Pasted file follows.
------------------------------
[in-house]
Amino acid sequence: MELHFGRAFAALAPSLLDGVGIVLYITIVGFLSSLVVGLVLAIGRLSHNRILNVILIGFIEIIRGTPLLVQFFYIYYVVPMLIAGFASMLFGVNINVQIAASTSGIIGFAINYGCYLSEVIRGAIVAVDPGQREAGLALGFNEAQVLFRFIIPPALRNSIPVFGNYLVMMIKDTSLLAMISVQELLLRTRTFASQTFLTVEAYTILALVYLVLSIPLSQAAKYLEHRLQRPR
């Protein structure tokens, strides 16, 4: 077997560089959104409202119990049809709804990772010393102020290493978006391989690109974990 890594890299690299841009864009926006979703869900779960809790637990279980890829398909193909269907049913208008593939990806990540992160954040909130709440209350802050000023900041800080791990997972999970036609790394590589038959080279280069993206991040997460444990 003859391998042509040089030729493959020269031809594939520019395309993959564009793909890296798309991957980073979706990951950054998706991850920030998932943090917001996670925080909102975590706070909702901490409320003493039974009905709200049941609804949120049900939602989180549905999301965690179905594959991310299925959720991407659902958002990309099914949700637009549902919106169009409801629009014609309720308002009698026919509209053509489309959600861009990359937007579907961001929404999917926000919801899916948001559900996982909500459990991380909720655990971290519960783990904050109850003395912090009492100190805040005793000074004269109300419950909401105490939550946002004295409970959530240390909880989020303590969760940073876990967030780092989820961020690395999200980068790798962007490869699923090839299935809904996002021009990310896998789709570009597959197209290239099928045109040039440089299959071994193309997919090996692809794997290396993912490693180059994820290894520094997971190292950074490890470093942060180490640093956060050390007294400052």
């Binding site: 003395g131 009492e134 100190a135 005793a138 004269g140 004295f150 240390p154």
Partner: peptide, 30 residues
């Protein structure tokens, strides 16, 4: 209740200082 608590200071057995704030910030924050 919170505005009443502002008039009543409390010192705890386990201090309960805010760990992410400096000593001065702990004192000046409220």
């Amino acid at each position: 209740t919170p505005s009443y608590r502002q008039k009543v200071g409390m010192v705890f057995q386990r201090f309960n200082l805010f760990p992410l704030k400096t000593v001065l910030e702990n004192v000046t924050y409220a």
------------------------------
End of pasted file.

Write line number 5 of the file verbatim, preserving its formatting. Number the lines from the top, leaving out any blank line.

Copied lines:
Partner: peptide, 30 residues